Louisiana Gov. Bobby Jindal (R). (Rainier Ehrhardt/AP)

Updated

A Republican critic of President Obama’s executive orders will issue an executive order of his own that some say will allow Louisiana businesses to discriminate against gays and lesbians.

On Tuesday, to the dismay of Gov. Bobby Jindal (R), Louisiana’s proposed Marriage and Conscience Act failed in the state’s house. The legislation, which has been compared to “religious freedom restoration acts” (RFRA) in Arkansas and Indiana, would have prohibited “the state from taking any adverse action against a person on the basis that such person acted in accordance with a religious belief or moral conviction about marriage.” Thus, a pizza shop that said it would not cater a gay wedding — as happened in Indiana — might not be penalized.

[Indiana pizza shop won’t cater gay wedding, gets over $50K from supporters]

But after the bill failed, Jindal stepped into the breach.

“We are disappointed by the committee’s action to return the Louisiana Marriage and Conscience Act to the calendar,” Jindal said in a statement, as the Times-Picayune reported. “We will be issuing an Executive Order shortly that will … prevent the state from discriminating against persons or entities with deeply held religious beliefs that marriage is between one man and one woman.”

Jindal then issued the order, which is here.

In the past, Jindal has criticized the White House’s executive orders on immigration as end-runs around the legislative branch.

“Granting amnesty by executive order is wrong,” Jindal wrote in a statement last year. “It will incentivize more of this illegal immigration. If the President wants to make the case that the law should be changed, he should go make the case to Congress and our people. This is an arrogant, cynical political move by the President, and it’s why so many Americans no longer trust this President to solve the problems we face.”

Louisiana Gov. Bobby Jindal (R) called on Congress to give President Obama "more than he has asked for" to fight the Islamic State during his address at CPAC, while also criticizing Obama's response to combat the militants. (AP)

Jindal has previously issued executive orders, including one to monitor those traveling to countries affected by Ebola.

Louisiana has a ban on same-sex marriage that could fall if the U.S. Supreme Court rules such prohibitions unconstitutional. Jindal’s order, which he called the “next best thing” to passing the marriage legislation, was praised by supporters of the failed bill.

“We don’t throw in the towel,” said state Rep. Mike Johnson (R-Bossier City), who sponsored the bill, as the Associated Press reported. “We always stand for freedom. … We’re entering a new era in America where changing ideas about the institution of marriage conflict with the old ideas about religious freedom.”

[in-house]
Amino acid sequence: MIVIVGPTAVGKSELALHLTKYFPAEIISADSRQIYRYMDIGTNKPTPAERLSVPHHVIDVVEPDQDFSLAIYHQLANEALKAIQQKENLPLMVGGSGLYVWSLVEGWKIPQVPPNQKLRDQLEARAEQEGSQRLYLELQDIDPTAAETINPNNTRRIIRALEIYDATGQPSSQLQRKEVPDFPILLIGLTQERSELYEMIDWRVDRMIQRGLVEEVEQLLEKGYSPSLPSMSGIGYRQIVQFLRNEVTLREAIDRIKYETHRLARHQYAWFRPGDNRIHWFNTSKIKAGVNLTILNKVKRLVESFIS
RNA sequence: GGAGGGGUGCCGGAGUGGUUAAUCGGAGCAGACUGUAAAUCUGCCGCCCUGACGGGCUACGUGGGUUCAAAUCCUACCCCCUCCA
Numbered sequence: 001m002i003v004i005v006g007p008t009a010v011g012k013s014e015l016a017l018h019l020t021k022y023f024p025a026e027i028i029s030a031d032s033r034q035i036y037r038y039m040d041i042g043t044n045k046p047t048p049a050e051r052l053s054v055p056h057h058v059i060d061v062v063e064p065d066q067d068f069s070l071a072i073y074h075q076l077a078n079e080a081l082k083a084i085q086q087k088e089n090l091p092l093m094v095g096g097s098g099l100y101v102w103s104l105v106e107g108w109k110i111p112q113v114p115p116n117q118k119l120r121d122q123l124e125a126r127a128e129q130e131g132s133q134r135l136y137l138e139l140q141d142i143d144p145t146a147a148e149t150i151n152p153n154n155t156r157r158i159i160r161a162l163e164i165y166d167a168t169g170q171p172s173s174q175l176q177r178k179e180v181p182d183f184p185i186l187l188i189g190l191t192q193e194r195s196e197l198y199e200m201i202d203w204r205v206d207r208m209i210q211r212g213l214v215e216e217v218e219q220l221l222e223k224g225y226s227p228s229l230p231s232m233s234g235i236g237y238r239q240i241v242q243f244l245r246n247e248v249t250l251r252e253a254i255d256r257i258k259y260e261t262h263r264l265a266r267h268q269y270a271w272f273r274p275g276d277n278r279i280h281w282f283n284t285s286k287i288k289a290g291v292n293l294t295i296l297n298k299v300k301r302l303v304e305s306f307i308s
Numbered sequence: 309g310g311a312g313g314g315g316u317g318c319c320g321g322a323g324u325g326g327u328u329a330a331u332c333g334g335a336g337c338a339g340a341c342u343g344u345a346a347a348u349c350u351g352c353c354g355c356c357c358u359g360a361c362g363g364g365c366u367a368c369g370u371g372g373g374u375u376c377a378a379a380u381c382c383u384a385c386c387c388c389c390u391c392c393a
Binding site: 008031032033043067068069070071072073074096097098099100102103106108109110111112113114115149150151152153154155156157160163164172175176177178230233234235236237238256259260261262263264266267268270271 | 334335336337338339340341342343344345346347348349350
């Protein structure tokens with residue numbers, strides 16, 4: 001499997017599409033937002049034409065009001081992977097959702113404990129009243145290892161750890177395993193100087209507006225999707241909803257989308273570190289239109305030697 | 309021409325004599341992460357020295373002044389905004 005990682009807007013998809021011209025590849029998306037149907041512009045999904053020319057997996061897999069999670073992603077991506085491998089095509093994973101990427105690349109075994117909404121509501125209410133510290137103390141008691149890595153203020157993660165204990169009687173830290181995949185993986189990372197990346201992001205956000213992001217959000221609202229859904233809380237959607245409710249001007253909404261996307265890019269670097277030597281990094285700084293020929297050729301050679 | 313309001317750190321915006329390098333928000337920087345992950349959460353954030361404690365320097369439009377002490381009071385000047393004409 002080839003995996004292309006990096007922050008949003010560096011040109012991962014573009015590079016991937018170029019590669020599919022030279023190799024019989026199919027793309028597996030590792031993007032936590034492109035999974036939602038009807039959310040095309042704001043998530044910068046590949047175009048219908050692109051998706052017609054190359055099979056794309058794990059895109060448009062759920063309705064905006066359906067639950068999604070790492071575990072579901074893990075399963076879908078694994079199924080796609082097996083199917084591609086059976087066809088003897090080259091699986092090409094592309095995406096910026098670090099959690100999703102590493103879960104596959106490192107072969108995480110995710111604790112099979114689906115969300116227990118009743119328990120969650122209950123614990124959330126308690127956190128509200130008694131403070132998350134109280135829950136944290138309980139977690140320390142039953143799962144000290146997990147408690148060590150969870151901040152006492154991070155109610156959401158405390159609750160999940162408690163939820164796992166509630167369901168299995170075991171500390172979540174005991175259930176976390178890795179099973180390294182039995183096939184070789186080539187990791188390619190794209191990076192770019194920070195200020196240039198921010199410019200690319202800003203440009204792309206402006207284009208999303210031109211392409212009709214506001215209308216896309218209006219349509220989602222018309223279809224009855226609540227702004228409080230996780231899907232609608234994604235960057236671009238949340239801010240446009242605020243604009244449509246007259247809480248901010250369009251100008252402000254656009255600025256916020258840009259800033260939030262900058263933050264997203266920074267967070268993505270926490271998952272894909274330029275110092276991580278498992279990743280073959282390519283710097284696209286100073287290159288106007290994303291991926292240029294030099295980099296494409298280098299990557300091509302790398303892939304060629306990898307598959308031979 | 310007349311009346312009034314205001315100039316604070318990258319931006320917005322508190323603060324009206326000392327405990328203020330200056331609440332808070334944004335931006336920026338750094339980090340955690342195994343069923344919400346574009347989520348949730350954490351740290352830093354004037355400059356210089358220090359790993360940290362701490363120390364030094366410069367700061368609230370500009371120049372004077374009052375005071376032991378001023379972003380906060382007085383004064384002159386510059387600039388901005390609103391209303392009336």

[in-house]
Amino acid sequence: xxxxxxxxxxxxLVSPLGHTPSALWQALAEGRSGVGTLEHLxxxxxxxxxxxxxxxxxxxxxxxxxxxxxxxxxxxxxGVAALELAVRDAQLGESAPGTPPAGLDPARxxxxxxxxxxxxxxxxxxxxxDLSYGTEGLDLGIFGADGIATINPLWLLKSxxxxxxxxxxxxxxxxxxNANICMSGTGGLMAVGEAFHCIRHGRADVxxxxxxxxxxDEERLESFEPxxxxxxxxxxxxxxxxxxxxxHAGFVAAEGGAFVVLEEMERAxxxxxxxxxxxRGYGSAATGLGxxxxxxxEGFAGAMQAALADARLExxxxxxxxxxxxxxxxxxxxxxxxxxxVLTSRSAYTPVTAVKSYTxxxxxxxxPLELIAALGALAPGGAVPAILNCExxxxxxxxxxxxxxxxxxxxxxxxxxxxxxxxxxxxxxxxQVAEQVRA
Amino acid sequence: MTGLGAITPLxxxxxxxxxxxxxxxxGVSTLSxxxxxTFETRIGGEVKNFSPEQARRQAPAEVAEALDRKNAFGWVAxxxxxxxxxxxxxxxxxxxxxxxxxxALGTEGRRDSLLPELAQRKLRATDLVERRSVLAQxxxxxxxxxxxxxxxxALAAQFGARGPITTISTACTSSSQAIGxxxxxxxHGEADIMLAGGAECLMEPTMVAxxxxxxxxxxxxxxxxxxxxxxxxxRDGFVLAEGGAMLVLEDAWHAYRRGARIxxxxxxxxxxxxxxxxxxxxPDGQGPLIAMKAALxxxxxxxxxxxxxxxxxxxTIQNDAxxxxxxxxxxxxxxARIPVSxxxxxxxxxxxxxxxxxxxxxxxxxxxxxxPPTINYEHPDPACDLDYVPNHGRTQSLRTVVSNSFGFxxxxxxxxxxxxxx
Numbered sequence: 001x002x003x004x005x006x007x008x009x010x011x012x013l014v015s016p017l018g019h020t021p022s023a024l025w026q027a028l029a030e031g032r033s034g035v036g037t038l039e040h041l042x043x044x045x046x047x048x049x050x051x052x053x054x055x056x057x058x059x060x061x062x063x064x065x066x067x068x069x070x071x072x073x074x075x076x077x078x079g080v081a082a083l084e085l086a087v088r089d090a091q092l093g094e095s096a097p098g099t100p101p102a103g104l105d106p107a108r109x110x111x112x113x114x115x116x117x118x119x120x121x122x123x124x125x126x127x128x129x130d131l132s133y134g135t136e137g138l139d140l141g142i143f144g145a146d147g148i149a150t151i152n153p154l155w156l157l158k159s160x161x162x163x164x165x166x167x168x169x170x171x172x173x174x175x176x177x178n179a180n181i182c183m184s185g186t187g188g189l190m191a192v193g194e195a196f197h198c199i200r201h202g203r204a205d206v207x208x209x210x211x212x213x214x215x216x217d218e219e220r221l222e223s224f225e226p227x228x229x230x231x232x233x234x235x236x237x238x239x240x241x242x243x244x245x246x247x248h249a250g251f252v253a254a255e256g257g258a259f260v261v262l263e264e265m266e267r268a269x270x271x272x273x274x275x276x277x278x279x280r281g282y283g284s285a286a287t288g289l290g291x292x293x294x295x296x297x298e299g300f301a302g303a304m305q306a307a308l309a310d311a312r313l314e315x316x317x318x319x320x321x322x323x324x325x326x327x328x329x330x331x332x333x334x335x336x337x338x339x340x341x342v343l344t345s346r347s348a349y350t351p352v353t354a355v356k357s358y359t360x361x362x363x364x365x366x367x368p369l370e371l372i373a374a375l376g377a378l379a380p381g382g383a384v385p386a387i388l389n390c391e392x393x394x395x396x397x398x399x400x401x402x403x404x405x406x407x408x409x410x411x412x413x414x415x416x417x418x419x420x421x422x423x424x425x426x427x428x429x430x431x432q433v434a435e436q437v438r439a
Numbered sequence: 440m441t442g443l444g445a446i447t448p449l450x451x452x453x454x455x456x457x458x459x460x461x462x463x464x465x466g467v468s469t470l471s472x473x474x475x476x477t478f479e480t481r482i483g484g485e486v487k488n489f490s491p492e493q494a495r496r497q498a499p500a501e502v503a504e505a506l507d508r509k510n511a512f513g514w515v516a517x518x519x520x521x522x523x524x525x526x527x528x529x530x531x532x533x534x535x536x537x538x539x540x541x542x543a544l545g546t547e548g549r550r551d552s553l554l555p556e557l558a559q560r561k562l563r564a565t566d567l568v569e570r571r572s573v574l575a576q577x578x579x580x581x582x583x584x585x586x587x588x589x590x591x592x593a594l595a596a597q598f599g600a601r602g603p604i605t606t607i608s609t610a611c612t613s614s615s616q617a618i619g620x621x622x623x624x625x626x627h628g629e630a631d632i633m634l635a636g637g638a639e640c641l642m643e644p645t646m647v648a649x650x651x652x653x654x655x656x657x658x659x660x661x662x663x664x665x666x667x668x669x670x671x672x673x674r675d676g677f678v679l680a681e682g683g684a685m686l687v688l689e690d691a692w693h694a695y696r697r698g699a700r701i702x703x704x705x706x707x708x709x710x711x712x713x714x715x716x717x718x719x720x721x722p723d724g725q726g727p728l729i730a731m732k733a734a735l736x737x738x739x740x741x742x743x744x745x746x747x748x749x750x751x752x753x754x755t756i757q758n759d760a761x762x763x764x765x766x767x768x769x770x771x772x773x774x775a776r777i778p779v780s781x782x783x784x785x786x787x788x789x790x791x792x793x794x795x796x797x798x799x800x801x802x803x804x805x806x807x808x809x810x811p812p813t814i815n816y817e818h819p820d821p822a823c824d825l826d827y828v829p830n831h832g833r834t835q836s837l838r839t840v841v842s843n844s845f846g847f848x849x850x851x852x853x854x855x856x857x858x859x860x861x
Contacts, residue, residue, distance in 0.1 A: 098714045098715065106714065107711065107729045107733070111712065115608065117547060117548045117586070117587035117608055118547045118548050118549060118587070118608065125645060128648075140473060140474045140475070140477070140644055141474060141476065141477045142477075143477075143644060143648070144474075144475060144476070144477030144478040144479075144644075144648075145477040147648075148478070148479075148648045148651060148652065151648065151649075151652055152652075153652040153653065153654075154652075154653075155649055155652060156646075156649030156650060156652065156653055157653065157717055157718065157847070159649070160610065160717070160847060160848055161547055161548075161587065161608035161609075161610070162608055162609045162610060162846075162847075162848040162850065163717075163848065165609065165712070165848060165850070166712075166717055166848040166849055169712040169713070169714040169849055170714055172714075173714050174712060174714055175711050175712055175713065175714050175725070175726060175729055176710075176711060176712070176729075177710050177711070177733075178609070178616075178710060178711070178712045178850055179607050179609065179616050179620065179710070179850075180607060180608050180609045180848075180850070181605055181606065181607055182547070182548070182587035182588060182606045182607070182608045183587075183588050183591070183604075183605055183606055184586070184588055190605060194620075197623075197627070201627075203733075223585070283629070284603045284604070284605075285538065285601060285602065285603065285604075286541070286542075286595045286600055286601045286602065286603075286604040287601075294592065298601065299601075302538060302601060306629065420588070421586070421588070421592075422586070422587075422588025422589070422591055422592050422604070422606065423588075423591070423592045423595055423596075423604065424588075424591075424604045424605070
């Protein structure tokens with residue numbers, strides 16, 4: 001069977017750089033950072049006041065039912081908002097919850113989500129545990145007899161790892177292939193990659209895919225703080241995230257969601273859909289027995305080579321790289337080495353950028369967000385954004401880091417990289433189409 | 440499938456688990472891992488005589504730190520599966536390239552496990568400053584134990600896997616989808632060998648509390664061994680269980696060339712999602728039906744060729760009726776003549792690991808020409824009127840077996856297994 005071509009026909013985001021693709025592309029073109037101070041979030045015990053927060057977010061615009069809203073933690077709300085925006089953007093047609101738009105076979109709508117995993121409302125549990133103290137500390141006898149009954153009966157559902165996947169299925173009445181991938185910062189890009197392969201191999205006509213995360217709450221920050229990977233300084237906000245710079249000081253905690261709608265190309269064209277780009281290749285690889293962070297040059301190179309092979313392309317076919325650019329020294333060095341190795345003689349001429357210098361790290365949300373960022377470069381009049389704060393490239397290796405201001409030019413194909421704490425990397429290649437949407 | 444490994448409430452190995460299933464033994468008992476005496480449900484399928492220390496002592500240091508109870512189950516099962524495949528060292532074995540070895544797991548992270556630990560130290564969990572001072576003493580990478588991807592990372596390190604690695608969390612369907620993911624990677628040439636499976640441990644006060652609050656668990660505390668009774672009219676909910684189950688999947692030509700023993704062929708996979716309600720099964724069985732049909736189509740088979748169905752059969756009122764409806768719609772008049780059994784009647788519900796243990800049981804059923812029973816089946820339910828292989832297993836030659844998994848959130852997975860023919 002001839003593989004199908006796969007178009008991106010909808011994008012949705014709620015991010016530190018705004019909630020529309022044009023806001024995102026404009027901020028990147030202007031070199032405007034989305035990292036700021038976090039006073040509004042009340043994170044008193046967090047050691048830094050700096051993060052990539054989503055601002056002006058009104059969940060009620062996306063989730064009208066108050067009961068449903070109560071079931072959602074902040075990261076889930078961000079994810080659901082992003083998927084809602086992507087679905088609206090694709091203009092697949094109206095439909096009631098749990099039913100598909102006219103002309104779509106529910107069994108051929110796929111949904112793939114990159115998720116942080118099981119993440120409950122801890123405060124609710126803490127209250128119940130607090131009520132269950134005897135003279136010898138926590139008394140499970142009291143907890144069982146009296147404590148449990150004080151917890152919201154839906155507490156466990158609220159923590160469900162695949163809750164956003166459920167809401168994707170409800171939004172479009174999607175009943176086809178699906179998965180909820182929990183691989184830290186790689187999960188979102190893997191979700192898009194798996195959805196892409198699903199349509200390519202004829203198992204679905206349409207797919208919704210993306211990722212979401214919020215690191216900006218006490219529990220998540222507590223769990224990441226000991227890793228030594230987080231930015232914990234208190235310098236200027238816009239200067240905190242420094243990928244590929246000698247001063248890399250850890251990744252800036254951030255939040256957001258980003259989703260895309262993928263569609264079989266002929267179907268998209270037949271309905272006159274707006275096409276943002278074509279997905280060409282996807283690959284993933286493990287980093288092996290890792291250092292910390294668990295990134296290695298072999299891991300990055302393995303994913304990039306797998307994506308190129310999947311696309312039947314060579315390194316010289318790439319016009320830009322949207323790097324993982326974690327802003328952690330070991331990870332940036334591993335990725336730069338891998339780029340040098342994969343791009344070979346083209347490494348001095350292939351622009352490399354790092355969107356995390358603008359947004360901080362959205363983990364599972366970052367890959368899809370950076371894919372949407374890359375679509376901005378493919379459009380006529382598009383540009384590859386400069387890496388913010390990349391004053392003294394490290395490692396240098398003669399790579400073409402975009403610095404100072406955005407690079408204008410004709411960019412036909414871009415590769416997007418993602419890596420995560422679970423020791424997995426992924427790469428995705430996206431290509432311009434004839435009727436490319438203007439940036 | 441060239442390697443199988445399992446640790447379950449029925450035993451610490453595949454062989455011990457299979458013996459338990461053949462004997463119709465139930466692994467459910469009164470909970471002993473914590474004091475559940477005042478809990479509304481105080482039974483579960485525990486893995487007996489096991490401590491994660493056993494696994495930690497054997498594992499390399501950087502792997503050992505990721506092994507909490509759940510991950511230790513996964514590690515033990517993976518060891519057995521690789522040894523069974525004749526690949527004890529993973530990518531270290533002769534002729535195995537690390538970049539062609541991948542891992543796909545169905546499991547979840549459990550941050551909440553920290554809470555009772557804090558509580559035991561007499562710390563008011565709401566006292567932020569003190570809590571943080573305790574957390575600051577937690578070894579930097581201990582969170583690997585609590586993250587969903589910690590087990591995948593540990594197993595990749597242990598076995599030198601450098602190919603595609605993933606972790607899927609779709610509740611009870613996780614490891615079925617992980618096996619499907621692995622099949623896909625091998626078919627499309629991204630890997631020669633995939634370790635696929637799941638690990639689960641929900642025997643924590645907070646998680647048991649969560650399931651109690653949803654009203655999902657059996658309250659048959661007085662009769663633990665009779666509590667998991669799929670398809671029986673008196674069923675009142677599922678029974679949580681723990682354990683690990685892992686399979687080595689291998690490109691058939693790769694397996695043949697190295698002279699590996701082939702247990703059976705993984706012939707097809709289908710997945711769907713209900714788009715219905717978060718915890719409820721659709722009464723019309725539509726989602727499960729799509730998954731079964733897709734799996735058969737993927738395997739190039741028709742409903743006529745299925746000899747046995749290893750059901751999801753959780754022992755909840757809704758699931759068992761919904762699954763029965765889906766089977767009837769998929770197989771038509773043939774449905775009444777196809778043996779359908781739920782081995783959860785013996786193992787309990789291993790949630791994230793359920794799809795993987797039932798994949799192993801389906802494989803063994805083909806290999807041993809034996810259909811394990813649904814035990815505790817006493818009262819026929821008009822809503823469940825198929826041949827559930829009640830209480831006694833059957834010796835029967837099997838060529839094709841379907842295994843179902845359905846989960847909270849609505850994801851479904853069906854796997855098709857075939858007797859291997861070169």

But the bill’s detractors said the legislation — and the order — will give businesses the right to discriminate against same-sex couples.

“This bill is worse than any RFRA in that it explicitly allows discrimination based on an individual’s religious beliefs about marriage,” Human Rights Campaign legal director Sarah Warbelow said of the bill last month. “Nobody gets to go into court for a balancing test, there’s no interpretation by a state judicial system. It flat out gives individuals a right to discriminate, period.”

Jindal denied the legislation was discriminatory.

“We don’t support discrimination in Louisiana and we do support religious liberty,” he said, as Politico reported. “These two values can be upheld at the same time.”

The order states: “….it is of preeminent importance that government take no adverse action against a person, wholly or partially, on the basis that such person acts in accordance with his religious belief that marriage is or should be recognized as the union of one man and one woman, but that this principle not be construed to authorize any act of discrimination.”

The business community also worried about the effect of the order on the state’s economy. Indiana was faced with boycotts before it amended its RFRA earlier this year.

New Orleans Convention and Visitors Bureau chief executive Stephen Perry called the bill “a radioactive, poisonous message,” saying it could cost the state $65 million per year. But Jindal, in New York Times op-ed last month, said money doesn’t matter.

“As the fight for religious liberty moves to Louisiana, I have a clear message for any corporation that contemplates bullying our state: Save your breath,” he wrote.

Meanwhile, Jindal — who launched a presidential exploratory committee this week — has been criticized for pandering to conservatives in the run-up to the 2016 election.

[Bobby Jindal launches presidential exploratory committee]

“His ambition for even higher office has led him to pretend that along with politicians, science teachers should be preachers, too,” Slate wrote of Jindal’s support for legislation that allowed creationism to be taught in schools.

“Gov. Jindal’s stunt today once again underlines his disregard for Louisiana families, his disdain for the state legislature and his apparent contempt for the state’s tourism industry — the only segment of our economy his failed policies haven’t crippled,” the Louisiana Democratic Party’s executive director Stephen Handwerk said in a statement. “Louisiana taxpayers and businesses are once again being forced to foot the bill for Jindal’s vanity. It’s foolishness our families cannot afford.”